Genetics are one thing we have (mostly) conceded we can’t change. We were born this way, and our family’s health problems have been passed down the line.
But do genetic issues have to be a death sentence? Not entirely.
If your dad died of heart disease, your mum has dementia and your grandmother had kidney disease, it’s important to know what this means for your own health risk, so it can be managed.
According to Professor Garry Jennings, the director of Baker IDI Heart and Diabetes Institute, your blood pressure is the final result of a balance between your genes and lifestyle and it’s rarely just caused by one and not the other.
Science has told us that genetics not only pass down the chances of inheriting a health condition, but also lifestyle habits. This is why some families can have a cycle of obesity and the like.
“There is a higher risk of having high blood pressure if a close relative has it,” Professor Jennings told the ABC.
But the world of genetics and their link to our health is quite complicated. While we often worry about what we will contract from our relatives, that doesn’t always have to be a bad thing. Resilience to disease can also be passed down.
How your mother carried you and what she did while you were in the womb is also something vital to know, as poor diet or smoking is likely to lead to high blood pressure – therefore even if no one in your family had hypertension, you could due to your mother’s habits.
Professor Jennings said, “we know that the poor maternal environment turns on some genes and turns off others, so environment and genes in this case are intimately related”.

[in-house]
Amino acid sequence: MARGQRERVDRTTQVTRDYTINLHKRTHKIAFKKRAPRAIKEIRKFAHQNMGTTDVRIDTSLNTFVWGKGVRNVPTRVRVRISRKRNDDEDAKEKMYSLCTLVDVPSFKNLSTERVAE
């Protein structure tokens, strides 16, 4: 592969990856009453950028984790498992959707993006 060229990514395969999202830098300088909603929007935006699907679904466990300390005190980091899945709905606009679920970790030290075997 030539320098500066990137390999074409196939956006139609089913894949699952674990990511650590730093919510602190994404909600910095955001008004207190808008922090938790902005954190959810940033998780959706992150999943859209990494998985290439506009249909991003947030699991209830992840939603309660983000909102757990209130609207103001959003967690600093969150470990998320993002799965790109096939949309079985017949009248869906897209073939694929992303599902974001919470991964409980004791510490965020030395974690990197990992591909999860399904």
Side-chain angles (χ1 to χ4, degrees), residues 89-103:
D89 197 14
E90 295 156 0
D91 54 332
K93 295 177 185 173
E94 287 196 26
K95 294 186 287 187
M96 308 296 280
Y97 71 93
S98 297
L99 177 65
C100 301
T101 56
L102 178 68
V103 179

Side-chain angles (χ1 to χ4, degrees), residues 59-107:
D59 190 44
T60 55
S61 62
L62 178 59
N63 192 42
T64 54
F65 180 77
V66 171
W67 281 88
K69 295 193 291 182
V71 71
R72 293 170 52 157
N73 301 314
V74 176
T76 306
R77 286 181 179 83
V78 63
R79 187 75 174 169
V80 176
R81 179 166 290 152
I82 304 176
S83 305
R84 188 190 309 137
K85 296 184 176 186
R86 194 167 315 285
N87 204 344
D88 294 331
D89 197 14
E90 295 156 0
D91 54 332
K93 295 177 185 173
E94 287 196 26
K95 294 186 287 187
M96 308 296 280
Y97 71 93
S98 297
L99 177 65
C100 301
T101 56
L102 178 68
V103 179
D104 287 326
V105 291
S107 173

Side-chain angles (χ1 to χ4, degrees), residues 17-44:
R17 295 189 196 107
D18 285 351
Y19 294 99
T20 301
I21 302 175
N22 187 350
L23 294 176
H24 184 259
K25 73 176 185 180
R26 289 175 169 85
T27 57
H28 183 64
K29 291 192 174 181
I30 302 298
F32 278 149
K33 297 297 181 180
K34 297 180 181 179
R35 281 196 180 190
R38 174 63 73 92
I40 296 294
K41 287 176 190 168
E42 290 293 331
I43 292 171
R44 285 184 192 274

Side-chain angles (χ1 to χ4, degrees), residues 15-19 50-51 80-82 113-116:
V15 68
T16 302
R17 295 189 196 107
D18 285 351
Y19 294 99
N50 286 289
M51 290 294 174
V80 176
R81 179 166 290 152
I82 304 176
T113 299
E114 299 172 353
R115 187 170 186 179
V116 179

So can you outsmart your predisposition to disease? Not always but the best way to stay on top of your health, particularly if there’s a history of a problem, is to see your doctor regularly.
Lifestyle is also a factor and even if the odds are against you in the gene stakes, you still might be able to prevent disease and health decline simply by changing your lifestyle. That means cutting down on alcohol, avoid smoking, eating a nutritious diet, and exercising.
“These things, as well as avoiding salt and maintaining a healthy weight can all help counteract a genetic link,” he said.
Another misconception is that if you don’t have a family history of something, you don’t need to worry, but that isn’t true at all. Just because the females in your family have tested negative for breast cancer, doesn’t mean you will be given the all clear. Most cases of breast cancer are in fact not inherited – fewer than 5 per cent of all breast cancer is due to an identifiable genetic cause.
Tell us below, do you have a family history of a certain disease or health issue?